AFPM Members are Improving America’s Environment

AFPM Members are Improving America’s Environment

American Fuel and Petrochemical Manufacturers members are strongly committed to environmental protection, have an outstanding record of compliance with the Clean Air Act, and have invested hundreds of billions of dollars to dramatically reduce emissions as measured by EPA.

Fuel and Petrochemical Manufacturers Have Significantly Reduced Emissions

  • AFPM members have made major emissions reductions while increasing production output and meeting stringent regulations. Emissions of Hazardous Air Pollutants (HAPs) decreased by 66% from 1990 to 2013.[1] At the same time, emissions of criteria air pollutants (sulfur dioxide, nitrogen oxides, volatile organic compounds, and particulate matter) declined by 80 percent.[2] Between 1996 and 2011, refiners’ emissions of chemicals monitored under the Toxic Release Inventory (TRI) also decreased by 35 percent.

  • The chemical manufacturing sector’s normalized emissions of all TRI substances declined 62 percent from 1996 to 2011. Normalized emissions of HAPs declined 64 percent between 1996 and 2005.
  • Fuel and petrochemical manufacturers have made considerable investments to comply with federal regulations. Between 1990 and 2012 U.S. refiners have invested $137.6 billion toward improving the environmental performance of its products, facilities and operations in technologies to produce even cleaner fuels and meet the growing variety of state and local mandates for fuel formulation. Moreover, by 2010 U.S. refining companies had invested upwards of $20 billion to comply with new clean fuel regulations to reduce the sulfur content of gasoline and both highway and off-road diesel.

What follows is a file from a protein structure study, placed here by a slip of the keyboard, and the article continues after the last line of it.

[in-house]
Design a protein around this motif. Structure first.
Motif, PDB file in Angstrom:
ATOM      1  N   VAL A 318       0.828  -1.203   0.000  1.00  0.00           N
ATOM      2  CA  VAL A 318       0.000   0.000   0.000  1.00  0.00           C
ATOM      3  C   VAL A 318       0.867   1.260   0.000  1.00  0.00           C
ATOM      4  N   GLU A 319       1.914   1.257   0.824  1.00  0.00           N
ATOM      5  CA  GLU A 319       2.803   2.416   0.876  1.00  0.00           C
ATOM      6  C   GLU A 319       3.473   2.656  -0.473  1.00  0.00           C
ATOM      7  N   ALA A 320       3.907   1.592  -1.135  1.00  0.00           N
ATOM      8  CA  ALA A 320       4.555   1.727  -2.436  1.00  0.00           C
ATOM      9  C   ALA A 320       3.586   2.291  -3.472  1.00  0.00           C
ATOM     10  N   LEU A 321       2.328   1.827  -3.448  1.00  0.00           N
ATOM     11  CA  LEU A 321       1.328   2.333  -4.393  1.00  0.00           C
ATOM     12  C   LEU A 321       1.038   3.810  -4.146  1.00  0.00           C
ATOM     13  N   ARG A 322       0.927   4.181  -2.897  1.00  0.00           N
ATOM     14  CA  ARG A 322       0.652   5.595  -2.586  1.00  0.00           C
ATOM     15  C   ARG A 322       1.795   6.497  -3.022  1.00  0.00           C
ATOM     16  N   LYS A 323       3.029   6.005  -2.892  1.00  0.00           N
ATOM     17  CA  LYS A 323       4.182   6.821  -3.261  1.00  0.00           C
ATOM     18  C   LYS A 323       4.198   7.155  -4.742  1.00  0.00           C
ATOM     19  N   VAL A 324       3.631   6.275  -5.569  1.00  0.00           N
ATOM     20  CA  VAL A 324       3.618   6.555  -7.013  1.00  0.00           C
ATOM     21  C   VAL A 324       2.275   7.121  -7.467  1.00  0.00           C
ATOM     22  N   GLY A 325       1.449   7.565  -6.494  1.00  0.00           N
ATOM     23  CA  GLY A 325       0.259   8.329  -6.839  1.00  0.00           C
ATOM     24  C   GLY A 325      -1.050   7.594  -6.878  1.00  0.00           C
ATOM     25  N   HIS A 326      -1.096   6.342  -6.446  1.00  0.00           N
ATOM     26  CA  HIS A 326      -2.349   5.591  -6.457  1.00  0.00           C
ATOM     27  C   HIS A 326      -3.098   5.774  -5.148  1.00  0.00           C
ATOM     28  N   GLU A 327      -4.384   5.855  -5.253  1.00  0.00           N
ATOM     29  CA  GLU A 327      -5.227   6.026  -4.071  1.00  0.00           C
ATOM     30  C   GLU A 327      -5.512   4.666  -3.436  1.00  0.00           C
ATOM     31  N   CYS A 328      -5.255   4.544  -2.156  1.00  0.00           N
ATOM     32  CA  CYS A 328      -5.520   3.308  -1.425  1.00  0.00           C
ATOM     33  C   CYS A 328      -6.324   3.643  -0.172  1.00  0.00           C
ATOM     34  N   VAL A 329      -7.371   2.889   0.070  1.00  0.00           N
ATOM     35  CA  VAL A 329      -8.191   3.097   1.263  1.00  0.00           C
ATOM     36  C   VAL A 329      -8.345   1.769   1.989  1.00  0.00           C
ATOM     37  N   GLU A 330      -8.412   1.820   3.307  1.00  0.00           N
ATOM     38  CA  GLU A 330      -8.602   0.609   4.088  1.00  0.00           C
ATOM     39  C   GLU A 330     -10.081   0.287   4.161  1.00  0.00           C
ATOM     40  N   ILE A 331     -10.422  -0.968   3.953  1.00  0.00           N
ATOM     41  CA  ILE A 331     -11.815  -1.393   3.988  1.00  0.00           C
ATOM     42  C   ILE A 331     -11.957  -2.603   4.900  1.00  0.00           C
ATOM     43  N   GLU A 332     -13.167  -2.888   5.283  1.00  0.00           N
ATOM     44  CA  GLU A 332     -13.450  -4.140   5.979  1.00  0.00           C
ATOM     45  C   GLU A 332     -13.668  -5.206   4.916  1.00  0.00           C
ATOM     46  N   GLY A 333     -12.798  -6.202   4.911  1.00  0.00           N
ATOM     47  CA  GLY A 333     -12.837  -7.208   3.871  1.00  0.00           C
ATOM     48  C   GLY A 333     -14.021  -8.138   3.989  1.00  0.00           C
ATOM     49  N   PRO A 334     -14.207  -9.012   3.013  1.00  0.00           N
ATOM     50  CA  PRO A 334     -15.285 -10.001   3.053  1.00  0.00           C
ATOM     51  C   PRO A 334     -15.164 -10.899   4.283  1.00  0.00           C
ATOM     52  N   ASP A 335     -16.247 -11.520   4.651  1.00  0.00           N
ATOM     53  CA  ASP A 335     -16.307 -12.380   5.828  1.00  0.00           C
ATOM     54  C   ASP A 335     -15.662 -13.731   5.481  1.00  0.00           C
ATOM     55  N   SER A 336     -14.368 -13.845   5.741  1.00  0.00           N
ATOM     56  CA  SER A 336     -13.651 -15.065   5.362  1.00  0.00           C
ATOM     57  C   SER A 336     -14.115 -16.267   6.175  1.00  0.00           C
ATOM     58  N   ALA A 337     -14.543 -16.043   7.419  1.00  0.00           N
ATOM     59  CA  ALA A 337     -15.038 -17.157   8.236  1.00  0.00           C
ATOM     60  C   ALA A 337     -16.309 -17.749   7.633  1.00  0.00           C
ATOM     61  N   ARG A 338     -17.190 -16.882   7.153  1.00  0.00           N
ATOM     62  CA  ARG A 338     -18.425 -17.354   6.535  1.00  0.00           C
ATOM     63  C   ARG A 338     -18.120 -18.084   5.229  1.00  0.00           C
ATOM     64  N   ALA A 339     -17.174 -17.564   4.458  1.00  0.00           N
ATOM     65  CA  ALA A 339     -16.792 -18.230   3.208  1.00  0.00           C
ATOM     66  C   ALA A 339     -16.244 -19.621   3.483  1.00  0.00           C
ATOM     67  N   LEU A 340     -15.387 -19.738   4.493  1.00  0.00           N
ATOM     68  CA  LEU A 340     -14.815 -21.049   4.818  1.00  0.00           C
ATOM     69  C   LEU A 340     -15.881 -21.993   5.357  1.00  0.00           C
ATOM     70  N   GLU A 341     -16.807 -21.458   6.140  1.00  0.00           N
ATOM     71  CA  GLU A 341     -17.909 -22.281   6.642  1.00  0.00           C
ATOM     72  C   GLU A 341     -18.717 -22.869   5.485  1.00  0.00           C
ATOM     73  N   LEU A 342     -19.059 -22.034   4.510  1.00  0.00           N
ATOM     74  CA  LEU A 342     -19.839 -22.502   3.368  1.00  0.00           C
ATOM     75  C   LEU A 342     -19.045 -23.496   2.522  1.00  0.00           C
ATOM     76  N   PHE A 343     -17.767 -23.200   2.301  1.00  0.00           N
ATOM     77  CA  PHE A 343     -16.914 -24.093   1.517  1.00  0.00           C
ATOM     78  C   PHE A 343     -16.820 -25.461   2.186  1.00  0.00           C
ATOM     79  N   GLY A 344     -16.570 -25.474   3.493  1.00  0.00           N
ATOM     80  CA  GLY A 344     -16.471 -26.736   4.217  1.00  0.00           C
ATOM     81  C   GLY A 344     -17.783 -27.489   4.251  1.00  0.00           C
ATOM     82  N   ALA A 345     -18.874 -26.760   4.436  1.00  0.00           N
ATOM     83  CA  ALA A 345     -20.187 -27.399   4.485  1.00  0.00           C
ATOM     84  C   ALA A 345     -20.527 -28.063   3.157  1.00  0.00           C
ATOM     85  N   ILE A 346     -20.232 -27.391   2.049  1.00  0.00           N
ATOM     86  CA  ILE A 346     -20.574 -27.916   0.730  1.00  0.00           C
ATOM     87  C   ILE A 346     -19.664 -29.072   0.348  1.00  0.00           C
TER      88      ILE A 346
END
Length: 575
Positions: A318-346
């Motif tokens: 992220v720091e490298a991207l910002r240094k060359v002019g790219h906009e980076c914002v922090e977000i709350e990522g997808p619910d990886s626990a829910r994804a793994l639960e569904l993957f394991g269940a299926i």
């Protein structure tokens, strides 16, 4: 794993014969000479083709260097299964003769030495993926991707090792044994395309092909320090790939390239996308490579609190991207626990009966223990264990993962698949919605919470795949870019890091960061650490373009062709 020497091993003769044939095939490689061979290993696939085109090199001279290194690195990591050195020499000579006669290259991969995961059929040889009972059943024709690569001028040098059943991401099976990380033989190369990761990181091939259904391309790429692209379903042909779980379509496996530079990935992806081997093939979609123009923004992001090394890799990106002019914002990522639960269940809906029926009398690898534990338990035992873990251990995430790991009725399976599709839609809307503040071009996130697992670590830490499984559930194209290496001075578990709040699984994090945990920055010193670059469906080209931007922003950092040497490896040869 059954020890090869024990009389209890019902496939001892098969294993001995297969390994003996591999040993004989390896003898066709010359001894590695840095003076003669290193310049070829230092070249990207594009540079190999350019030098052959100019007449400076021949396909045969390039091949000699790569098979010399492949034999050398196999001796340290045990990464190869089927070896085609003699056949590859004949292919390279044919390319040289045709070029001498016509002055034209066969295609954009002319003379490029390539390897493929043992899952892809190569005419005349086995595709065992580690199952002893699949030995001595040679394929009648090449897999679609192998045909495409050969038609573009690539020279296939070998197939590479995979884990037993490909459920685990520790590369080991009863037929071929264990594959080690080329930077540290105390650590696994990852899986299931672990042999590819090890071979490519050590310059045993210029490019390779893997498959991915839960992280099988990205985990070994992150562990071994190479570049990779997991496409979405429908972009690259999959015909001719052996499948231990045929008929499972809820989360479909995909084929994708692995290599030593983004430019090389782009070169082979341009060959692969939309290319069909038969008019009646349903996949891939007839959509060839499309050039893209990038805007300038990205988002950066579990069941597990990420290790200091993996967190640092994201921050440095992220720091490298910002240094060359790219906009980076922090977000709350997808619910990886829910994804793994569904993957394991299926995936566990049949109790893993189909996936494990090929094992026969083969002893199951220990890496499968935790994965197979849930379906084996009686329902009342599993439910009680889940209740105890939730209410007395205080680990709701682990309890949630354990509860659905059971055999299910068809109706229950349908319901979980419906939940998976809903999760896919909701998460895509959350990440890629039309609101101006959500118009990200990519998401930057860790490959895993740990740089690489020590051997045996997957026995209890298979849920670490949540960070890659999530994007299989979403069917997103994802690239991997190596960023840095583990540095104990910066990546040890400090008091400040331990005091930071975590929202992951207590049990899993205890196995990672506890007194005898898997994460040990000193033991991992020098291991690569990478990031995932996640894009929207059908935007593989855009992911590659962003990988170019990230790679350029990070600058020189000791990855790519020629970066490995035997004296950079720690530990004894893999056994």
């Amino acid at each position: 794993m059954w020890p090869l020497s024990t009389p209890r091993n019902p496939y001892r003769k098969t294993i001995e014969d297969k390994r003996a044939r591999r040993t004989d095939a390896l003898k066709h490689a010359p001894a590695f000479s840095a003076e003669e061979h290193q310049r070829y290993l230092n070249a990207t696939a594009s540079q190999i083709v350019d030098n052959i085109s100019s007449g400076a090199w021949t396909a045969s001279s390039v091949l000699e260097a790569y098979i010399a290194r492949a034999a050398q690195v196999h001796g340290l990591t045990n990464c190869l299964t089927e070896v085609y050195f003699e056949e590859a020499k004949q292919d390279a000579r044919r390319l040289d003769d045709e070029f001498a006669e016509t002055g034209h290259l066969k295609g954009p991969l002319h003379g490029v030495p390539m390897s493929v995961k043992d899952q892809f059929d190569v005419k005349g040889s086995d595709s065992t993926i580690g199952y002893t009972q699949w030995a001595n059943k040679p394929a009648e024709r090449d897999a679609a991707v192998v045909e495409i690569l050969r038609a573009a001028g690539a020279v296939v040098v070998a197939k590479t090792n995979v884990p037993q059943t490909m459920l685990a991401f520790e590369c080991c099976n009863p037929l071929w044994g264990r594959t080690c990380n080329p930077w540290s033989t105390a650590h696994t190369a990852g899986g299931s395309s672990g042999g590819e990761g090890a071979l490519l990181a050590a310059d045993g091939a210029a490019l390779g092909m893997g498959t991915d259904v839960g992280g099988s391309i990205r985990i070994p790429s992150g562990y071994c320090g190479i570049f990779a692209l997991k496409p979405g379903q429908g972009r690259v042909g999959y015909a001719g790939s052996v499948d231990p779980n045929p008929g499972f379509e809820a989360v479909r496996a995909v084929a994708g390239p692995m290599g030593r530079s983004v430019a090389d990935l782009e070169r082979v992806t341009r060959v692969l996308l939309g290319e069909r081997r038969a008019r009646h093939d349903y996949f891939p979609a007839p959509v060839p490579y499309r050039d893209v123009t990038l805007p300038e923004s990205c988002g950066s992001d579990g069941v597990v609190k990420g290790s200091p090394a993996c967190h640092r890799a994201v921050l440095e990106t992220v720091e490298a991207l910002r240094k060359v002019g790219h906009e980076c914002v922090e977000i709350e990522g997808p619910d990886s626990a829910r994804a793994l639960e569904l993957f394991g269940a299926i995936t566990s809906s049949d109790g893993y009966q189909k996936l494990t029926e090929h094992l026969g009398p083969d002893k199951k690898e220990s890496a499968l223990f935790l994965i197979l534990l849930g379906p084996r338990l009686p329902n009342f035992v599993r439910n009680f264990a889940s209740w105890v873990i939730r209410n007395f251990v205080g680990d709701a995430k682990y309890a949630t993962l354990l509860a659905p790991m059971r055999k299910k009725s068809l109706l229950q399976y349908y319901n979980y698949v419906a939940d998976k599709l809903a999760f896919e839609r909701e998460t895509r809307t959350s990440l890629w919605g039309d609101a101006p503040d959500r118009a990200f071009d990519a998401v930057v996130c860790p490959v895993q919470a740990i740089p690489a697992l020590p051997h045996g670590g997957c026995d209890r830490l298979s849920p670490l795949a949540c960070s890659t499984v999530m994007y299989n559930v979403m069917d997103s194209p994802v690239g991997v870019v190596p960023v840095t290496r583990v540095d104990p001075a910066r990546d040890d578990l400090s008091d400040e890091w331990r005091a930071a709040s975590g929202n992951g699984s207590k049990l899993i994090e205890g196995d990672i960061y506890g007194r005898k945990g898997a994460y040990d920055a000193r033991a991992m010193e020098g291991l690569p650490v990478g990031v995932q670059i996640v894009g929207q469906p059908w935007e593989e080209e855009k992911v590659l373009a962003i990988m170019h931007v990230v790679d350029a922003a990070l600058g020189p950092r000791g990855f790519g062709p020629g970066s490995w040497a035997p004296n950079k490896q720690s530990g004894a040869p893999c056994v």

Economy Wide Emissions have Decreased Dramatically, Despite Increased Economic Activity

  • EPA data shows total emissions of the six principal air pollutants in the United States (carbon monoxide, lead, nitrogen oxides, volatile organic compounds – hydrocarbons, particulate matter and sulfur dioxide) have decreased by 63 percent since 1980.

Emissions from Transportation Fuels are Continuously Decreasing

  • Since 2004, refiners have reduced sulfur levels in gasoline by 90 percent, from an average of 300 parts per million (ppm) in 2004 to an average of 30 ppm today.
  • In Jan. 2001, EPA issued rules requiring refiners to reduce the sulfur content in highway diesel by 97 percent. EPA’s 2004 rule required refiners to reduce the sulfur content in non-road diesel.
  • There have been significant Mobile Source Air Toxics (MSAT)/gasoline benzene content reductions. Benzene content in conventional gasoline dropped 45 percent in 2011 for most refineries, and will drop further for small refineries in 2015.

Overall Fuel and Transportation Sector Emissions Are Continuously Decreasing

  • From 1970 to 2008 in highway vehicles:
    • Carbon Monoxide (CO) emissions were reduced 76.2 percent.
    • Nitrogen Oxides (NOx) emissions were reduced 58.8 percent.
    • Sulfur Dioxide (SO2) emissions were reduced 76.6 percent.
    • Volatile Organic Compounds (VOC) emissions were reduced 79.8 percent.
  • [1] “Historical Air Emissions from United States Petroleum Refineries”, Thomas A. Nelson, April 2015.
  • [2] Ibid

Historical Air Emissions from United States Petroleum Refineries